The best way to combat this is to document everything. A great example is an employee I have who was not well liked when I hired him because his position was designed to “shake up” the old way of doing things. Having been warned in advance, he carried his now-infamous little green book. Everywhere he went, he documented everything he did during the day and everything he was asked to do.
When the envious employees emerged and attempted to demonstrate the new employee’s incompetence, he refuted their claims with his book of notes. He was quickly respected and was never questioned more than once by anyone. His green book is extremely popular, and now everyone has asked me for one.
A Word To Managers
Managers see envious people as slightly impolite, with a strong approach to business and rather blunt words for co-workers. Managers may also sense this type of employee is somewhat needy, but justifies this as someone asking questions to learn more about the company in order to advance.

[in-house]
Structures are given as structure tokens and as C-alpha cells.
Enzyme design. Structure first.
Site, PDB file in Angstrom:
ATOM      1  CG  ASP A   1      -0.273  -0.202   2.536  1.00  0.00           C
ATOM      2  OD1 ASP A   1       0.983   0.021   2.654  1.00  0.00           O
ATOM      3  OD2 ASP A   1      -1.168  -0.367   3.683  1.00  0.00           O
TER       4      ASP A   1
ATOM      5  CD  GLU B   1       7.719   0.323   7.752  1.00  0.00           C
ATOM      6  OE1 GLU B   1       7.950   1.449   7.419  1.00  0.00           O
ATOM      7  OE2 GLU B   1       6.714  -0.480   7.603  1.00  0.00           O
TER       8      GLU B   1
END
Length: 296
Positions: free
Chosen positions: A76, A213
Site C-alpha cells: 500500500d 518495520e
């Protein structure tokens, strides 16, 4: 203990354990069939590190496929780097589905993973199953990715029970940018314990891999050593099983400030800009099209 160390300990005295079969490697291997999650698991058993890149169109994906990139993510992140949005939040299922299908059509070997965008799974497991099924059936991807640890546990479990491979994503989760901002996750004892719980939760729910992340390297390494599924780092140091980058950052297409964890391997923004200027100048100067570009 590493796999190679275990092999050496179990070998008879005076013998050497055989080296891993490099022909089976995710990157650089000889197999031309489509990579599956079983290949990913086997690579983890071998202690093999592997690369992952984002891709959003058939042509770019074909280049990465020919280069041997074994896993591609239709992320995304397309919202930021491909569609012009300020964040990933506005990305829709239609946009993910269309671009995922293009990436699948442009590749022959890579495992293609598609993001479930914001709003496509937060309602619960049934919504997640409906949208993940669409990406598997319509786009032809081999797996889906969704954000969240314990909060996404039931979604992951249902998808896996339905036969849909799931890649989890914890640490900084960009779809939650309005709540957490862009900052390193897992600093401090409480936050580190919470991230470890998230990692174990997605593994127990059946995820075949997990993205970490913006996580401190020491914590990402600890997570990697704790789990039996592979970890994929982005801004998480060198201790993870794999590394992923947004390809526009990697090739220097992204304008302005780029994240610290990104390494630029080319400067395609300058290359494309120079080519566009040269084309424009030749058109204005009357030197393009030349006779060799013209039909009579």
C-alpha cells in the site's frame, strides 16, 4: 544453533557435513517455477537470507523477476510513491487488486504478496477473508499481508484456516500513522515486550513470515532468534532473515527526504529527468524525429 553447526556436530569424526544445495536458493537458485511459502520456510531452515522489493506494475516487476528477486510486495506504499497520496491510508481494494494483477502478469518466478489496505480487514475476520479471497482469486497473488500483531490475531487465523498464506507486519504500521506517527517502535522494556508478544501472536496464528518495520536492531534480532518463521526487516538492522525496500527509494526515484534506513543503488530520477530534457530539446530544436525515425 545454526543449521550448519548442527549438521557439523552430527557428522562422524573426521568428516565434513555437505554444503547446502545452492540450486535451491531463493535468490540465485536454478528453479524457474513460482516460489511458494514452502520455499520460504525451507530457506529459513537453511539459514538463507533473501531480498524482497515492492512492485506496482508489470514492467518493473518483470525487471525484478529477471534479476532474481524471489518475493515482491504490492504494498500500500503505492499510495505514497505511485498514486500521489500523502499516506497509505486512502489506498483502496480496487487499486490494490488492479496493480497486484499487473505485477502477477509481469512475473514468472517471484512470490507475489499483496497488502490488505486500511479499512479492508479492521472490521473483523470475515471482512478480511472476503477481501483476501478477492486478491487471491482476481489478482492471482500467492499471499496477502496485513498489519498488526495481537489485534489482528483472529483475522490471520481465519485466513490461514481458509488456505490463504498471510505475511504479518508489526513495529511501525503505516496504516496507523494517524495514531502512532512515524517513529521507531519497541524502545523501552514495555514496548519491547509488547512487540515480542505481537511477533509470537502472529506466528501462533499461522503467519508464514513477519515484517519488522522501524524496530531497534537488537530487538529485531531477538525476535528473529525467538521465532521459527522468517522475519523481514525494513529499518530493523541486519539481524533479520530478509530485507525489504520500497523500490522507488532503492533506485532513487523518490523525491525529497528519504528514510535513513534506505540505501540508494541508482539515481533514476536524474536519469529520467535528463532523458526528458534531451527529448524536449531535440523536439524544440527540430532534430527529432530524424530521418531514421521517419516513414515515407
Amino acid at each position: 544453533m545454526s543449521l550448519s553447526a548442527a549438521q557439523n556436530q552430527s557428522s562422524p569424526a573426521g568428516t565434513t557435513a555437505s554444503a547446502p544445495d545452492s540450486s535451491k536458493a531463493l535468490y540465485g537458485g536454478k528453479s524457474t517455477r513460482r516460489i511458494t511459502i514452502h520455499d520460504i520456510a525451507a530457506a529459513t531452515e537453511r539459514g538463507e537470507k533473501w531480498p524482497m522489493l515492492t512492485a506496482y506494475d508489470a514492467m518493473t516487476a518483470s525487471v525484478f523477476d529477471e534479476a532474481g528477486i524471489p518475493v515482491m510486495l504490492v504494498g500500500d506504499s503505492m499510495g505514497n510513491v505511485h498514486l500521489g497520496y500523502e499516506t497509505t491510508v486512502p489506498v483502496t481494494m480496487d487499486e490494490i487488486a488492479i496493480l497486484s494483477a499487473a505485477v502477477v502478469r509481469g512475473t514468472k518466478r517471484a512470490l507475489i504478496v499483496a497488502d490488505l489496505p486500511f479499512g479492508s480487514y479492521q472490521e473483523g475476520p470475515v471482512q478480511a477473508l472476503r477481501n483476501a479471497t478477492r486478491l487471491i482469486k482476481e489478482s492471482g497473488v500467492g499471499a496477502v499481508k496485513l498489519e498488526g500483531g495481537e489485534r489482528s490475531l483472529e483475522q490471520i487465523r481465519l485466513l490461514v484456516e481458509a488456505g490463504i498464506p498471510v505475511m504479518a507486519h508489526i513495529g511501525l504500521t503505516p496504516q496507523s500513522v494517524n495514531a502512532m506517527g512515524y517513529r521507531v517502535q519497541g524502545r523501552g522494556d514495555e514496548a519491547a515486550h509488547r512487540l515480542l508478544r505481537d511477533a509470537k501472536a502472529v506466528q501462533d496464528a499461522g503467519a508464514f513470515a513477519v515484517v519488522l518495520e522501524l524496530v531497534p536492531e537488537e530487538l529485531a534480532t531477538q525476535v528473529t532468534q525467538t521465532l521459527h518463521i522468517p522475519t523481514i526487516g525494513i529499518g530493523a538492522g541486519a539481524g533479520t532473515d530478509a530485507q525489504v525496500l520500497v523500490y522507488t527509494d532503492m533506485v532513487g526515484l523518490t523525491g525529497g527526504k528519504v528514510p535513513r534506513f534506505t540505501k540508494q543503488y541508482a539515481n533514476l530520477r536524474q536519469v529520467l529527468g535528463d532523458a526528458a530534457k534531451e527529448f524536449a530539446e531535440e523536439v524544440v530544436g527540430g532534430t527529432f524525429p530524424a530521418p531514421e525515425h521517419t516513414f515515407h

The “green with envy” people become dangerous when another employee, who is undeserving of success in their eyes, is now involved in their daily life and doesn’t really need or want their help. Thoughts of unfairness now haunt them every time they see or hear about that person. They may try to brush it off as short-lived success, saying, “Yeah, anyone can behave for three months, but show me someone who’s been here for a few years and is still doing well.”
It becomes even worse, however, if that person is a co-worker they need to be nice to every day. The word “green” perfectly describes these people, for they may become physically ill over another’s success. They are filled with an inescapable toxic feeling, but they don’t realize they are doing it to themselves.
Knowing Your Employees
If you are a manager, be careful that you may actually be creating “green” people or harboring them. Brushing off odd behaviors is not advisable. The envious may become skilled employment assassins, and can be the demise of your good talent.
Envious people begin to develop perceived indifference, believing they are working incredibly hard, offering you their best talent, and simply not getting enough recognition, support or salary in return. This becomes worse when they see you offer those things to others.
When they try to sabotage the more successful employee, two things may happen:
1. You, as the manager, will not reprimand them for creating the circumstance.
2. Your talented employee will see your lack of proper response and leave for a better boss.